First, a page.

Page:The Art of Bookbinding, Zaehnsdorf, 1890.djvu/74

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44
BOOKBINDING.

trimmers' savageries, and let them know what feelings their reckless cruelty awakens in many breasts? One of the largest houses in London has just sent me home fifty copies of an essay, intended as a present for a friend. They have been trimmed, and been ruined. Would that I could have the trimming of their trimmer's hair and ears; also his nose! I don't think his best friend would know him when I had done with him.

"But, Sir, we live in a philanthropic age, and are bound to forgive our enemies and try to reform the worst criminals. I therefore propose a practical measure to win these book trimmers from their enormities; namely, that fifty at least of your readers, who care for book margins, should subscribe a guinea each for a challenge cup, to be competed for yearly, and held by that firm which, on producing copies of all books and pamphlets trimmed by it during the year, shall be adjudged to have disfigured them least. I ask you, Sir, if you will receive subscriptions for this challenge cup? If you will, I shall be glad to send you mine.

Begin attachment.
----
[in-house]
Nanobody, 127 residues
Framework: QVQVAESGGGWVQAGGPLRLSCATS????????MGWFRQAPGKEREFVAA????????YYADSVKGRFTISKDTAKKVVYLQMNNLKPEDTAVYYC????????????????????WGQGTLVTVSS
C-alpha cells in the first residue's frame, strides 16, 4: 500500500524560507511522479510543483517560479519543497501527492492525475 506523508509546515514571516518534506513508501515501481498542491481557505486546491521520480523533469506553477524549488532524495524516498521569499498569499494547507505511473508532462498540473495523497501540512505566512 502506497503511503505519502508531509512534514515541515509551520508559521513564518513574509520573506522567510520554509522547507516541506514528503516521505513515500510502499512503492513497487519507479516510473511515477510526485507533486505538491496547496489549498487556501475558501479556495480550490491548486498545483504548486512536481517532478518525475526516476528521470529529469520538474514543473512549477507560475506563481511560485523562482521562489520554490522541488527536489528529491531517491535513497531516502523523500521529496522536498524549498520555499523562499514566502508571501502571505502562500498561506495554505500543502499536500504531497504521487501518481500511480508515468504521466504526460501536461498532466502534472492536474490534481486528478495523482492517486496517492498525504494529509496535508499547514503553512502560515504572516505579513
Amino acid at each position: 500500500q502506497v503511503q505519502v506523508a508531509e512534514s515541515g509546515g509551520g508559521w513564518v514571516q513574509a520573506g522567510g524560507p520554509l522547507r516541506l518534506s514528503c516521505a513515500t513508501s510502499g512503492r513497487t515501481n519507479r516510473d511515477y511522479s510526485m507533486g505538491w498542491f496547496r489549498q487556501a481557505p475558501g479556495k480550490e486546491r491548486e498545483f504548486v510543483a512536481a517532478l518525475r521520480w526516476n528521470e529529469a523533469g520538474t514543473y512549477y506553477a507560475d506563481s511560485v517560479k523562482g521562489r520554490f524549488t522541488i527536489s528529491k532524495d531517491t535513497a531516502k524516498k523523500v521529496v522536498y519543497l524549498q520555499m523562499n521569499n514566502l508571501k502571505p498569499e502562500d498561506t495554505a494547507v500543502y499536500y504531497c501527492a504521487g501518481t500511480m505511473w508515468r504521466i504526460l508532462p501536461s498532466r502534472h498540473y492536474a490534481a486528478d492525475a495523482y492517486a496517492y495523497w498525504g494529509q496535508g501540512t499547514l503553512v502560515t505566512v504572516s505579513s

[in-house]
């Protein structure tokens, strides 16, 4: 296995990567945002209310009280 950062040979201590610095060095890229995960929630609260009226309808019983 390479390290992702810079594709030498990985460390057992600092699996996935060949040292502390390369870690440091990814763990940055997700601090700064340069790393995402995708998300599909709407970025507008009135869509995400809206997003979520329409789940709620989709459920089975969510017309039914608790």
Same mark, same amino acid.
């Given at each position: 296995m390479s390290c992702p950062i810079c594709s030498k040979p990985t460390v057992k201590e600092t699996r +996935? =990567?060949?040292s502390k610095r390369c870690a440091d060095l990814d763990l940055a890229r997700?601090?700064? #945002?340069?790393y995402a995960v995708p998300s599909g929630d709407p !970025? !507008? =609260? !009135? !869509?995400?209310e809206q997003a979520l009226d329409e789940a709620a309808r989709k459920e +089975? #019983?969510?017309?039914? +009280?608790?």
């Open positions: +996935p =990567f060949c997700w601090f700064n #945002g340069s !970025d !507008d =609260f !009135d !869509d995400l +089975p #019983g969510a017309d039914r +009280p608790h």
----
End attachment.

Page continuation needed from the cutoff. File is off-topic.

"M. A.

"P.S.—Any one who will cut out this letter, and get it pasted up in any binder's or printer's trimming room, will confer a favour on the writer."


A very good trimming machine has been invented by Messrs. Richmond and Co., of Kirby Street, Hatton Garden. The bed rises and falls, with the books upon it, instead of the knife descending upon the work, as in the cutting machines; and the gauges are so arranged, that the foredge of one pile of books, and the tails of another, can be cut at one operation, and it is guaranteed by the makers that the knife will leave a clean and perfectly trimmed edge.